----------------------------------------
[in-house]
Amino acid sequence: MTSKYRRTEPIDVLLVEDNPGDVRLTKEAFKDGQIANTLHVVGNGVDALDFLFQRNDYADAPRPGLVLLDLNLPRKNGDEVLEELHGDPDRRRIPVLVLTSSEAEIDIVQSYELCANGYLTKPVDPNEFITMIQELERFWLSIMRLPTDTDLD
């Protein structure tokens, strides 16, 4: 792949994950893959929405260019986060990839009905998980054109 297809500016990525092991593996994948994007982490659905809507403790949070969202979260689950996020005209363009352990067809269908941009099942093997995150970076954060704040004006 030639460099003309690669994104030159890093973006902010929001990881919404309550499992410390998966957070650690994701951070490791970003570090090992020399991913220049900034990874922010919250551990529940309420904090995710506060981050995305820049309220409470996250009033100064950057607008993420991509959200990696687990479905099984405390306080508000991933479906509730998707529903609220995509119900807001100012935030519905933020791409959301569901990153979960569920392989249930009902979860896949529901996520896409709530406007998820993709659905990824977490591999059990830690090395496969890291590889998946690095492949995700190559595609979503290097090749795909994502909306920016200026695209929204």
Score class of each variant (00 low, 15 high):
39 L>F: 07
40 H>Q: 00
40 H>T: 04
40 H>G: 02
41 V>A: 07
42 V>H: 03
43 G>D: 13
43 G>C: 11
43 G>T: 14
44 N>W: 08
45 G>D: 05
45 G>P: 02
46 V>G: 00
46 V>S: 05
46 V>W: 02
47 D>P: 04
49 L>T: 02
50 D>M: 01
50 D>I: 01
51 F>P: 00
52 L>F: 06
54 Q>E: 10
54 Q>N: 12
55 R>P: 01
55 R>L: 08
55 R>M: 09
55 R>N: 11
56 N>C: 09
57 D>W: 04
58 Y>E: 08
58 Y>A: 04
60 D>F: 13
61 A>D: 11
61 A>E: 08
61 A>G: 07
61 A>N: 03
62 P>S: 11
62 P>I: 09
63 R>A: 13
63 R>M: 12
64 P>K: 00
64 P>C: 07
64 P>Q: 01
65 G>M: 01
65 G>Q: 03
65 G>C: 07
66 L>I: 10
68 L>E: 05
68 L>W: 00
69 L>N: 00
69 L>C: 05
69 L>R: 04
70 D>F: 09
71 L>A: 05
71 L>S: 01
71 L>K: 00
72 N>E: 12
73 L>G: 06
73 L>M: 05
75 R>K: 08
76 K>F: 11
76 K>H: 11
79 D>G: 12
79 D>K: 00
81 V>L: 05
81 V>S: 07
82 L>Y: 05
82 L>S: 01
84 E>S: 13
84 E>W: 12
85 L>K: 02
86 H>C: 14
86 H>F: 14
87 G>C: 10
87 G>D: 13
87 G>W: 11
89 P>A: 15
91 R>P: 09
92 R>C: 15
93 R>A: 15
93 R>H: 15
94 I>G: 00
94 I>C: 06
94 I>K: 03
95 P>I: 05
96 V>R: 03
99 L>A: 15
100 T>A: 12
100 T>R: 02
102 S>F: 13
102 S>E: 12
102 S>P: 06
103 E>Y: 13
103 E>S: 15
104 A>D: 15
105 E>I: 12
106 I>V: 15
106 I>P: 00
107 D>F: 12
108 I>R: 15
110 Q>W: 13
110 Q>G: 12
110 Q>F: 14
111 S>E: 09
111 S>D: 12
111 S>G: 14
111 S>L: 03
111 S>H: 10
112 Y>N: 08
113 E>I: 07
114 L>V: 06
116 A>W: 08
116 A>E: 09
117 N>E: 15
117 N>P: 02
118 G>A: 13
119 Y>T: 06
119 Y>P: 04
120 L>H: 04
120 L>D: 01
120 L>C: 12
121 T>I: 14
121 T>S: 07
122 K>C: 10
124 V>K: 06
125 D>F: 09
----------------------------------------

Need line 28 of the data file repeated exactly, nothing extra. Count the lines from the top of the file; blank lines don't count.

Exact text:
55 R>P: 01